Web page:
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Friday, April 3, 2015

Optical illusions ............ painted fingernails - identical images !!!

In Daily life, people spend hours on Computers hooked to the web.  There are bloggers and some do post articles on FB …. but, majority post only pictures – the oft repeated cliché ‘picture speaks more than ….. words!’ …. By some accounts, between  Facebook,  Instagram, and Tumblr, consumers share nearly 5,000 images every second of every day. Add in Pinterest’s estimated 40 million users and even SnapChat’s meteoric rise,  the no. of pictures occupying common web simply becomes incalculable.  Read somewhere that ‘Words actually don’t exist’  … to our brains, at any rate. Mind sees words as a series of letters; people see them as pictures.  In our busy image culture, Yahoo has estimated that 880 billion photographs will be taken this year. The ability to capture, experience, share, search, and recall photographic imagery (still and moving), rests in the pocket of anyone with a smartphone.

But …… pictures too can misrepresent or misread, misunderstood or misinterpreted. The legendary Muthiah Muralitharan’s career was blemished when he was called for throwing – no doubt his action is freakish but it has been okayed after tests of bio mechanists. His deformed elbow creates the optical illusion of throwing but the arm bend is well within the ICC’s new 15 degree tolerance limit.  His action was cleared by ICC after biomechanical analysis in non-match conditions but in 2004 he was tormented again with doubts on the legality of his doosra – all at a time when  there were more than a  handful of raw medium pacers chucking with questionable actions.  Almost all of them escaped without being called by Darrell Hair and his fraternity.

An optical illusion is characterized by visually perceived images that differ from objective reality. The information gathered by the eye is processed in the brain to give a perception that does not tally with a physical measurement of the stimulus source. Optical illusions are often classified into categories including the physical and the cognitive or perceptual.

A classic example of ‘optical illusion’ courtesy – the black dots seem to appear and vanish at the intersections of the gray horizontal and vertical lines. Called the scintillating grid, this illusion was first discovered by E. Lingelbach in 1994 and is a modification of the so-called Hermann grid illusion. 

Searching about Optical illusions, this post in Daily Mail attracted me most.  The pictures more confusing than #TheDress! These two images are the SAME (but appear as light pink or purple when placed in front of different backgrounds). It is the new set of pictures doing the rounds on Twitter that are boggling the mind. They are two identical images featuring painted fingernails held up to a mouth, but they appear in completely different colours - one is pink and the other is maroon.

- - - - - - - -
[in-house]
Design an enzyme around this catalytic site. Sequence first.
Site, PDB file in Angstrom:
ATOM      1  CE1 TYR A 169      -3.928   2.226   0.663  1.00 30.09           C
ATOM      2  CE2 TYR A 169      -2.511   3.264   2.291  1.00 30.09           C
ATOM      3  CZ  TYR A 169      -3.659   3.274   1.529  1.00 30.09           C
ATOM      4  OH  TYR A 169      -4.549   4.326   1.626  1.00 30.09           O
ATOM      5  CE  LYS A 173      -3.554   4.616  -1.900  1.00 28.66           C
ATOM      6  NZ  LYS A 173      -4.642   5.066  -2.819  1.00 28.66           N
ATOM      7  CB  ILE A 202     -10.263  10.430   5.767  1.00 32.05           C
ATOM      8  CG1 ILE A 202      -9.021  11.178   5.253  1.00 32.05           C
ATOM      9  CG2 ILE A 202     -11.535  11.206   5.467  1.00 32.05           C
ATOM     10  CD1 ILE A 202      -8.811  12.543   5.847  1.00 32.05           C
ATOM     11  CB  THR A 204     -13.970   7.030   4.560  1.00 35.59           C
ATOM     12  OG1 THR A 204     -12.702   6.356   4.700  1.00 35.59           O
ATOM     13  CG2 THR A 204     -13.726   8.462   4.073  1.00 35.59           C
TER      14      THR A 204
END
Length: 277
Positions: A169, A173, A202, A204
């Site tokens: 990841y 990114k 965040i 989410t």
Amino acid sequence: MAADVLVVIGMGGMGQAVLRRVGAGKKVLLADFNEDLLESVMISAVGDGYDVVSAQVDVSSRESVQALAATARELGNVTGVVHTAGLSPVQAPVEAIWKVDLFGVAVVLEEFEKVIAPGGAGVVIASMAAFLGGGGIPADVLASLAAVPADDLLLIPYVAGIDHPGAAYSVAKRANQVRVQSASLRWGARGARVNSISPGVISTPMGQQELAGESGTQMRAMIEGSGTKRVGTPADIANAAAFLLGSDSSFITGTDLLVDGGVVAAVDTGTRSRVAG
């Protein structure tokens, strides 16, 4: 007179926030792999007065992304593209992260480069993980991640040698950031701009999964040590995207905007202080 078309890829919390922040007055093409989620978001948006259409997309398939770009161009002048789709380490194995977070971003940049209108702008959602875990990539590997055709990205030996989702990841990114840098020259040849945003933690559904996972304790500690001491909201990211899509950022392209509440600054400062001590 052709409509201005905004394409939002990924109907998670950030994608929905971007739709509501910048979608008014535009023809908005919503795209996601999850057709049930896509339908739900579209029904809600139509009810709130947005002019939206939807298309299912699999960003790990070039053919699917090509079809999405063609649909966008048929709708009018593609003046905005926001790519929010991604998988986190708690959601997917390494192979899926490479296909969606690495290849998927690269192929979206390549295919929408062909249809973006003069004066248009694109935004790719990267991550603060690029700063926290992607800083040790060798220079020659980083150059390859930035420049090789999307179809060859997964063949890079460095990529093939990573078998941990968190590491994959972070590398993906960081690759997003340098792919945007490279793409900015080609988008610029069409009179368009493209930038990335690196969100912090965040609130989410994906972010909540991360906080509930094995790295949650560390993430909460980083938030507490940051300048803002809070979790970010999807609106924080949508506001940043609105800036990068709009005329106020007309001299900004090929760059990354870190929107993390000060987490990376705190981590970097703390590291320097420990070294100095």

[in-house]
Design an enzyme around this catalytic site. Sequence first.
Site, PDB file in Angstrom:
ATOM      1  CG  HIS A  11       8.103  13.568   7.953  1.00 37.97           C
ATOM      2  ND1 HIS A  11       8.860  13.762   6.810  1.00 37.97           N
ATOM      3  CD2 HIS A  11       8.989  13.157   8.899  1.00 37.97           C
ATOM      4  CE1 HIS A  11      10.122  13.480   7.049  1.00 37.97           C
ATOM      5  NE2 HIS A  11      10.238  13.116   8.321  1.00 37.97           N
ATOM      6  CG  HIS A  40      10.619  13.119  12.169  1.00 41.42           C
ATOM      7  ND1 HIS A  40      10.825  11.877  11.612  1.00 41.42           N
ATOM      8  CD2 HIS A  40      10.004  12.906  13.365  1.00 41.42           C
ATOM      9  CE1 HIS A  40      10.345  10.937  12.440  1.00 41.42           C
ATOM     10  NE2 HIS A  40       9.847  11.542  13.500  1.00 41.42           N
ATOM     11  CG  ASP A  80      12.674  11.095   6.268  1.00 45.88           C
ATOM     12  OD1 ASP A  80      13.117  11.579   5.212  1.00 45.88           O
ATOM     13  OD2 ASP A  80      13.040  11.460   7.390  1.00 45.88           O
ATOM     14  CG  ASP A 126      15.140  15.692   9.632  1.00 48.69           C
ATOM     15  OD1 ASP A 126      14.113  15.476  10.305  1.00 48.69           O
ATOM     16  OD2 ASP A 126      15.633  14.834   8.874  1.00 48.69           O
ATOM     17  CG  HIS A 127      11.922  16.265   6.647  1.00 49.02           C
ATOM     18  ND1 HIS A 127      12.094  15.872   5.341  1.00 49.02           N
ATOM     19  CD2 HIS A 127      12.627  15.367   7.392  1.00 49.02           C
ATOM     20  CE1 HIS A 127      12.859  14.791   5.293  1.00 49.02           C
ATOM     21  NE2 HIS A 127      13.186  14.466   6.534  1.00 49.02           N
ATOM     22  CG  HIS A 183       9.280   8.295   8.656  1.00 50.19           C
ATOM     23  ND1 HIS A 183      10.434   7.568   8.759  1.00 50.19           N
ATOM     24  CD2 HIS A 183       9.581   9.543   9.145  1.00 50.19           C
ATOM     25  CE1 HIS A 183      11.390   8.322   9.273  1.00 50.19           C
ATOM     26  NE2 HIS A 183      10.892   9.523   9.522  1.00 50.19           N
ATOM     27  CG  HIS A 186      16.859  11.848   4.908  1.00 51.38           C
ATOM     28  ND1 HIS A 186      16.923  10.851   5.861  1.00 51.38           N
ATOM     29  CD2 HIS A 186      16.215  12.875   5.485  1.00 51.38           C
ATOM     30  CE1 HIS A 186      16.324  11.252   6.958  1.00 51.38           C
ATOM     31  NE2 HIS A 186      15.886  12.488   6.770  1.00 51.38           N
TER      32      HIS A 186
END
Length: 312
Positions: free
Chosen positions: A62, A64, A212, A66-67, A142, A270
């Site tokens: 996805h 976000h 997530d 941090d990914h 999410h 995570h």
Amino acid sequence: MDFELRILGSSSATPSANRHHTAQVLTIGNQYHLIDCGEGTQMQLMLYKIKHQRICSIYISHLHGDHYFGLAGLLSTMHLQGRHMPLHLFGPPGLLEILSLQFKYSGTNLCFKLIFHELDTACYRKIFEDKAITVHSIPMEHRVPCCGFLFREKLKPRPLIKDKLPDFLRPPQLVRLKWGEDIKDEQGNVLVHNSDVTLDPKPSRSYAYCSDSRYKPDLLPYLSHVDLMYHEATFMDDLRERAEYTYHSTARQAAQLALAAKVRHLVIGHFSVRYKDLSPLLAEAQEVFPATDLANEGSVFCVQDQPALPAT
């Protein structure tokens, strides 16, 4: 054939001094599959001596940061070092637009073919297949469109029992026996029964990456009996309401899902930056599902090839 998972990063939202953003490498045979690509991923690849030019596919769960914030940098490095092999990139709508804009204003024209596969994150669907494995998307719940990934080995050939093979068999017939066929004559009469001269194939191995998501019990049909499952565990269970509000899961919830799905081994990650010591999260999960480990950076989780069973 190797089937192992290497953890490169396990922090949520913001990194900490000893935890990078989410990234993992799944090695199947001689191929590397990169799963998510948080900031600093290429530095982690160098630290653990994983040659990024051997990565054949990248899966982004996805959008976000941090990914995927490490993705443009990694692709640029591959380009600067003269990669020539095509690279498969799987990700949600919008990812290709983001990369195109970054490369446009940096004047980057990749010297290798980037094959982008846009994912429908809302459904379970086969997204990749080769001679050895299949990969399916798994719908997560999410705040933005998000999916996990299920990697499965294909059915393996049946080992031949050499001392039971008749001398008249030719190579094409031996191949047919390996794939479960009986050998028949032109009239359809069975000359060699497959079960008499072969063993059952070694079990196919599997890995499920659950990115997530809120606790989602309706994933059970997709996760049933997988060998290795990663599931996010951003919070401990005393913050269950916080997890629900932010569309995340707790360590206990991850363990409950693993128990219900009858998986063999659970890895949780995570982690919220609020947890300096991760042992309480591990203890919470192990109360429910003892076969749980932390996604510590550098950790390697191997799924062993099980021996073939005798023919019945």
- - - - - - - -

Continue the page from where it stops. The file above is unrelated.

These images are identical, but they appear very different because of the background they have been placed on in Photoshop. The 1st  picture was placed on a white background, the 2nd  picture was placed on a black background.  That is the only difference between the photos: one has been put in front of a black background (the maroon picture), while the other (the pink picture) has been placed in front of a white background.

In the original picture,  the lips and nails are pixellated, with some of the small squares appearing as a shade of purple, while others look pink.  These pixels mean that the image is semi-see through, so it can adapt to different colours when they appear behind it in Photoshop.  Which is why you see a pink pair of lips and fingernails on a white background on Twitter, but when you click on the image to reveal a second picture against a back background it looks maroon.

MailOnline's graphics whizz Leo Delauncey explained the science behind the photos... The colour of the nails and lips in the original pre-photoshopped image was a darker shade of pink. There are two main tools in photoshop that make this possible. Firstly the ‘colour selection’ tool was used to select a specific tone within the pink of the nails and lips.  The midtone makes it possible to select the main colour but leave the shadows under the lips and the highlights on the nails.Then the ‘mask’ tool was applied to the selected area. The mask tool allows you to change the opacity of the selected area. By filling the area black you can make the image within the selected area disappear. By filling the area white you can preserve the opacity of the image. By filling the area grey you can essentially dilute the image, much the same way you would dilute paint with water - where paler grey would equal less water and more opacity, darker grey would mean more water and more transparency.

Once the mask has been applied you have an image that is partially transparent, and the colour affected by the background behind. It’s the same as having some clear coloured acetate or tissue paper. If you hold the pink tissue paper to a white light the tissue paper remains pink. If you hold it up to a blue light it becomes purple.

The illusion comes just a month after the internet went into meltdown over a blue and black dress that almost 50 per cent of people saw as white and gold. 

With regards – S. Sampathkumar

20th Mar 2015.

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